Ecology Microbial Interactions

Morning Session 1: Ecology/Microbial Interactions (0900-1030)
Chair: Mariella Ferrante

0900-0930 (Invited Speaker)
Yuji Tomaru1, Kei Kimura2
1 National Research Institute of Fisheries and Environment of the Inland Sea, Fisheries Research Agency, Japan
2 Institute of Lowland and Marine Research, Saga University, Japan.

Viruses infectious to microorganisms are currently considered to play a significant role for biogeochemical cycles in marine environments. The viruses infectious to diatoms also have predicted to be primary agent to shape their dynamics, especially for the population size decreases. Isolations of diatom viruses, however, were not reported in 20th century. Diatom viruses were discovered as recently as a decade ago. Since then, data on diatom viruses have rapidly accumulated. At least 18 diatom viruses have been isolated and characterized. They are roughly divided into 2 groups based on genome conformation: ssDNA (Bacilladnavirus) or ssRNA (Bacillarnavirus) viruses. The former viruses are generally harboring 5–6kb closed circular ssDNA and the latter are ca. 9kb linear ssRNA genome. They are icosahedral, <40 nm in diameter, and lack a tail. Viral infection causes a complete lysis of the host in axenic culture. However, in nature, diatom host populations maintain their sizes even with the presence of the infectious viruses, implying diverse virus resistance strategies. We summarise basic features of isolated diatom viruses and their ecology in nature.

Michael Carlson1, Nicolette McCary1, Kyle Frischkorn1,2, Terence Leach1, Gabrielle Rocap1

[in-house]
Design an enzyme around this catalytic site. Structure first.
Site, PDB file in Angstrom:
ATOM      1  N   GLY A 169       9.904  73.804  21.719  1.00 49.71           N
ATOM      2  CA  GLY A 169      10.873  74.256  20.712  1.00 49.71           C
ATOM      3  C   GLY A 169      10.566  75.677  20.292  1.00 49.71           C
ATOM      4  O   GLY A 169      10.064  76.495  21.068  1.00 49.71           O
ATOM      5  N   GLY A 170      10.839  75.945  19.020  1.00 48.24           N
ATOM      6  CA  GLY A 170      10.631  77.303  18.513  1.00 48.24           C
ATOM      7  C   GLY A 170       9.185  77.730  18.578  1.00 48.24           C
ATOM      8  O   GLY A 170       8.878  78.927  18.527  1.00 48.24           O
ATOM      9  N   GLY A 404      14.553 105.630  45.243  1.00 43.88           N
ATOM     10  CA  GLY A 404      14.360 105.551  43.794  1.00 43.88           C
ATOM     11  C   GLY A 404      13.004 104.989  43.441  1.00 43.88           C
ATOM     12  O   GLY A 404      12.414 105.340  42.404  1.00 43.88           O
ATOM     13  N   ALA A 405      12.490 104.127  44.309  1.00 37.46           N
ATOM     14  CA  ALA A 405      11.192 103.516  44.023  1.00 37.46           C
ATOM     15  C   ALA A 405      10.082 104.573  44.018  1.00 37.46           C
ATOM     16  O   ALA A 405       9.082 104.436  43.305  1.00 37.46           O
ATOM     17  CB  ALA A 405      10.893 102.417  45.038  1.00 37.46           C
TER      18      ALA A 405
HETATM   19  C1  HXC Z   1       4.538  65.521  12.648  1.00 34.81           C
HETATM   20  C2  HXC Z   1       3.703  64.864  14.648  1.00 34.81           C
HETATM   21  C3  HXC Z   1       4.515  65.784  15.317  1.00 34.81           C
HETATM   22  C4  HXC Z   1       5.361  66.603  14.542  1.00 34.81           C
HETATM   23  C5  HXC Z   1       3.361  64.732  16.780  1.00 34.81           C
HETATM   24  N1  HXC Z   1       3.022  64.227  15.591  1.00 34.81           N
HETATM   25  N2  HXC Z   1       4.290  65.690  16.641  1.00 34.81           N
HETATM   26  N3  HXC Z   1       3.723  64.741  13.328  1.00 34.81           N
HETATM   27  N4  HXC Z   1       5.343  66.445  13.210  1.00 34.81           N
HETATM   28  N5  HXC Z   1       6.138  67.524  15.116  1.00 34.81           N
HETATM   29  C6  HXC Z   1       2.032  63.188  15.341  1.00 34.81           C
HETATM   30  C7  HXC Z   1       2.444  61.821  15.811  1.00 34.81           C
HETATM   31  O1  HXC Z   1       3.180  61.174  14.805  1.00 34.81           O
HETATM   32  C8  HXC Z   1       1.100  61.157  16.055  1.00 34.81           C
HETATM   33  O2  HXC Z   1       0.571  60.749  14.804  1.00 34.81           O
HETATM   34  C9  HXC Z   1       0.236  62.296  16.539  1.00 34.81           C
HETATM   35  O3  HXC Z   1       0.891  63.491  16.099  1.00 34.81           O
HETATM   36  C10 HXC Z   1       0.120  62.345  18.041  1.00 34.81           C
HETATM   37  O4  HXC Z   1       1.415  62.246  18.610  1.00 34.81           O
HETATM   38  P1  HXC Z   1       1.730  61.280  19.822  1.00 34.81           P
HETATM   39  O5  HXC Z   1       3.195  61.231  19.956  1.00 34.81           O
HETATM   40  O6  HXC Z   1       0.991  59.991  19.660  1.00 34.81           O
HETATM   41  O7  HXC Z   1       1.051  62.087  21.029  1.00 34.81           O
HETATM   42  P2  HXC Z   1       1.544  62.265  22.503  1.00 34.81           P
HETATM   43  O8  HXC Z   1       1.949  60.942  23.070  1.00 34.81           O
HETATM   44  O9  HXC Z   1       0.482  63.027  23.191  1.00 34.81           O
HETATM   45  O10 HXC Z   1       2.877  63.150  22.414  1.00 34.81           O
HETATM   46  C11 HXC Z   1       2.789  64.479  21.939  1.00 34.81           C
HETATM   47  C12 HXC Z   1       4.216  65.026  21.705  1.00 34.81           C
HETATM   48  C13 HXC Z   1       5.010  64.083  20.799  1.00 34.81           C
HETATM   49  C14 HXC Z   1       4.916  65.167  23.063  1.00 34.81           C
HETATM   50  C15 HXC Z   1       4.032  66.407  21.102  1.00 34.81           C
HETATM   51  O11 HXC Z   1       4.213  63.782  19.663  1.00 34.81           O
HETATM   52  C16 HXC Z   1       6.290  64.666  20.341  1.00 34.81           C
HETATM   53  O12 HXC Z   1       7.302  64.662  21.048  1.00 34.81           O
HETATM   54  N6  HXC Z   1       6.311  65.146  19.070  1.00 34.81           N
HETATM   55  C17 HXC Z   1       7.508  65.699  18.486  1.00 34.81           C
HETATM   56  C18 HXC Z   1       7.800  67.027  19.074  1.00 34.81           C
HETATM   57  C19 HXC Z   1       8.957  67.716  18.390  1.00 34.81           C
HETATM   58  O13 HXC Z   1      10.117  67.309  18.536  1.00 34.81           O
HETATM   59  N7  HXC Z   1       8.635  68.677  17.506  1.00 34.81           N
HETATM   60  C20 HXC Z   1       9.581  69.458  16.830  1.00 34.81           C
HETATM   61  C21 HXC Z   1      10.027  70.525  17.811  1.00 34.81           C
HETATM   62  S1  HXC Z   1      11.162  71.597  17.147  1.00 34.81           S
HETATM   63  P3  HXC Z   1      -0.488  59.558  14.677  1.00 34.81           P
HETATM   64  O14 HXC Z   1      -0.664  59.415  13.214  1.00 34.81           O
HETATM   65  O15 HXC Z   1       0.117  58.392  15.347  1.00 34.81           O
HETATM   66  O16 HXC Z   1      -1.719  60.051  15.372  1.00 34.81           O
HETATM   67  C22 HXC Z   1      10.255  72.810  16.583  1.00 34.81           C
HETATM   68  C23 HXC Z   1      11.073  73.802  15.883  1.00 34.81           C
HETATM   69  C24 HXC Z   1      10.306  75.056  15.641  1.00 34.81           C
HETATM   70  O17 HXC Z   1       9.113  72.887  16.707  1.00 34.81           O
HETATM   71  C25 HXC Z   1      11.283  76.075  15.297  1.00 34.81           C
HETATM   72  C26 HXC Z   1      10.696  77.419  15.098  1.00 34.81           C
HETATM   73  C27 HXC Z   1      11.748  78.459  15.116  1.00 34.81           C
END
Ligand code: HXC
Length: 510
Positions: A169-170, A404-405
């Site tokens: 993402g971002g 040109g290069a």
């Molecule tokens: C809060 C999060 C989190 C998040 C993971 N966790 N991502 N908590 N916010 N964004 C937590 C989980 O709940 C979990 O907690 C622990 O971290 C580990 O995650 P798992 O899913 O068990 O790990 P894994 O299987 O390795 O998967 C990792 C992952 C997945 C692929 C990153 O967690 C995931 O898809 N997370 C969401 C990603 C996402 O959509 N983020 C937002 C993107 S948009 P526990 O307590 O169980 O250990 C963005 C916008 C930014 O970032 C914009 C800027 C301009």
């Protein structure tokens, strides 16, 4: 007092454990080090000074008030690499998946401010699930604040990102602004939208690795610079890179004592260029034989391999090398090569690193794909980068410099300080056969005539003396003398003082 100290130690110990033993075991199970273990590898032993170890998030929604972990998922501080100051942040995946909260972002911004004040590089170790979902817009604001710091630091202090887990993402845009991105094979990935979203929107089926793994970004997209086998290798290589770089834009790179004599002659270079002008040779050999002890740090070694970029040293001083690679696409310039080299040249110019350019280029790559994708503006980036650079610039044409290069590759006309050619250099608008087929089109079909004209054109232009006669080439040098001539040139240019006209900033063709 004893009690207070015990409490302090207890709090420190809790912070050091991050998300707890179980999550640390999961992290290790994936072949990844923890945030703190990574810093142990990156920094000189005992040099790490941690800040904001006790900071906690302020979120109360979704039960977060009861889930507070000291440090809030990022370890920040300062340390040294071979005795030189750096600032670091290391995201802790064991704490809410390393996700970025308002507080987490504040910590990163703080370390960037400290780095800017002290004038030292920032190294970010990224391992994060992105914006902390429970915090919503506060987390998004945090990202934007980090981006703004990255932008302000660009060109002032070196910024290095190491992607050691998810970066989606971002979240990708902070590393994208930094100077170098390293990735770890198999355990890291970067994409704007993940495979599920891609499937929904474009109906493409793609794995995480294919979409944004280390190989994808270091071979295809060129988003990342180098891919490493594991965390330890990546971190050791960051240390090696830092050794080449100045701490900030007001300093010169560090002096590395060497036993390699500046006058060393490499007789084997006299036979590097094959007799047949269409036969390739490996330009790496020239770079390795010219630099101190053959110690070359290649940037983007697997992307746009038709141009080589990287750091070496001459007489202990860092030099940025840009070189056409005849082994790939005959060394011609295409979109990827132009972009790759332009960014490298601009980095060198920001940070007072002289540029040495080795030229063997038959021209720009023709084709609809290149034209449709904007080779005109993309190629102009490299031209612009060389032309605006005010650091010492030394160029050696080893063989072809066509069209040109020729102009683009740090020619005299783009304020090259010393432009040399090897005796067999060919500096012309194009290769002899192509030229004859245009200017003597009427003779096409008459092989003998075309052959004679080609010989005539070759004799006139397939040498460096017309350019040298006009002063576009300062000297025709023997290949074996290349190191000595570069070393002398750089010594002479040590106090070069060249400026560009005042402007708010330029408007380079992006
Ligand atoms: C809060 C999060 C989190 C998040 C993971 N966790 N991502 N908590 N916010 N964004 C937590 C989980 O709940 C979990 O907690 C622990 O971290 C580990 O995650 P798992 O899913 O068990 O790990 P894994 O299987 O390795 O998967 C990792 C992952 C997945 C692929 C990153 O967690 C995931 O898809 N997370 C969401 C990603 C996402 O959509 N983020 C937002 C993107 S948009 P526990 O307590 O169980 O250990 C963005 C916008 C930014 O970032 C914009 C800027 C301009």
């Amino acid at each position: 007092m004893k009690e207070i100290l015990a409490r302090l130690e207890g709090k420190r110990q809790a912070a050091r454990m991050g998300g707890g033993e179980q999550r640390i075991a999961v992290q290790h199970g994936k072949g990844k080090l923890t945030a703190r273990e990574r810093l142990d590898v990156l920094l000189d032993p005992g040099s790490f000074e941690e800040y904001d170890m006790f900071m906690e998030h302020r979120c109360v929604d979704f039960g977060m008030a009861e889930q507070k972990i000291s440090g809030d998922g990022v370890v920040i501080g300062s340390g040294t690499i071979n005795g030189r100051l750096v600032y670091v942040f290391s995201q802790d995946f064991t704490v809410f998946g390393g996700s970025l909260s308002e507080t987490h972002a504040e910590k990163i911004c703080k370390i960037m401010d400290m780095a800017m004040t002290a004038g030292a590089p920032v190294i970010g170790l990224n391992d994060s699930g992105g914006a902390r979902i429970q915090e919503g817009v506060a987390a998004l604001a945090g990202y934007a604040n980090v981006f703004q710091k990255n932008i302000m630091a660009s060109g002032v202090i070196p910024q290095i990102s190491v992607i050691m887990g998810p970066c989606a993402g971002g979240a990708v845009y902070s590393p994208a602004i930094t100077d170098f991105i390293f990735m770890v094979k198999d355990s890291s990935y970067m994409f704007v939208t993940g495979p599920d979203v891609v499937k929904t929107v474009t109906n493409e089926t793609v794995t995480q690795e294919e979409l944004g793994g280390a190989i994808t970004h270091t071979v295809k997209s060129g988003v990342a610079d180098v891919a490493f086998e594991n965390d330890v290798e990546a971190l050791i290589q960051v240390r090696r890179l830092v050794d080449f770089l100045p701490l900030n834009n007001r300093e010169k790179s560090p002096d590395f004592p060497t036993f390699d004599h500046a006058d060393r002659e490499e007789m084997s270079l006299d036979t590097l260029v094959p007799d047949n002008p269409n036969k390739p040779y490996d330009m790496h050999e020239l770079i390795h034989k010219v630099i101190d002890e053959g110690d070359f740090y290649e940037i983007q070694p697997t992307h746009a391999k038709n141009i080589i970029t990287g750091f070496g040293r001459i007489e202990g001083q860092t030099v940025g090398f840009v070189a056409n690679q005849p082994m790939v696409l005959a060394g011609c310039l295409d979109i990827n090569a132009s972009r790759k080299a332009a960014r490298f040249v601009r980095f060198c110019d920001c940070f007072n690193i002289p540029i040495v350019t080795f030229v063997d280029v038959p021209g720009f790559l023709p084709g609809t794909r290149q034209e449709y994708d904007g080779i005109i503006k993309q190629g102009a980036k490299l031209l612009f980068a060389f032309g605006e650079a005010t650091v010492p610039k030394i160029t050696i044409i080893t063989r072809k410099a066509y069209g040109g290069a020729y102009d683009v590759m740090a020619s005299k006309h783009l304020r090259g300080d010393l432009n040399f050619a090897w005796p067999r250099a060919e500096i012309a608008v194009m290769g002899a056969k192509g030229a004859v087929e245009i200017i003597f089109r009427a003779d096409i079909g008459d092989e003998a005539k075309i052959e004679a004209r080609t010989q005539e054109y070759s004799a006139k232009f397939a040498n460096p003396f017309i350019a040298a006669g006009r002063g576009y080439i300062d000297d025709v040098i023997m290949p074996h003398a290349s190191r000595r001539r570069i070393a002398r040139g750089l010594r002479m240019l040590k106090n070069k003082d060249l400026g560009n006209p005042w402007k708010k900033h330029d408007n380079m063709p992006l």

1University of Washington, School of Oceanography, Seattle, WA, USA
2Columbia University, Department of Earth and Environmental Sciences

Viruses are major catalysts of biogeochemical cycling, architects of microbial community structure, and terminators of phytoplankton blooms, but the impact of viruses on diatom communities is unknown. Diatom-virus dynamics were explored by sampling every month at 2 locations in the Pacific Northwest resulting in 41 new Pseudo-nitzschia isolates and 20 environmental virus samples. Diatom hosts ranged in permissivity to infection. Titers of viruses were variable and dependent on host strains; isolates that were most infected yielded the highest viral titers. Genotyping of the ITS1 region revealed subgroups of genetically identical hosts that were differentially infected. Molecular fingerprints of Pseudo-nitzschia communities indicated that monospecific blooms of Pseudo-nitzschia are composed of multiple viral infection phenotypes. Additionally, the characterization of the Pseudo-nitzschia multiseries DNA virus (PmDNAV), which infects both centric and raphid diatoms, highlighted the complexity of host-virus dynamics. Strains of Pseudo-nitzschia and T. pseudonana showed variability in burst size, latent period, and susceptibility. Genome sequencing of the viruses from these various cultures yielded a novel linear single-stranded DNA virus. The characterization of the PmDNAV links viral host range and host permissivity to the host dependent patterns observed in field data, revealing how viruses control Pseudo-nitzschia communities in the environment.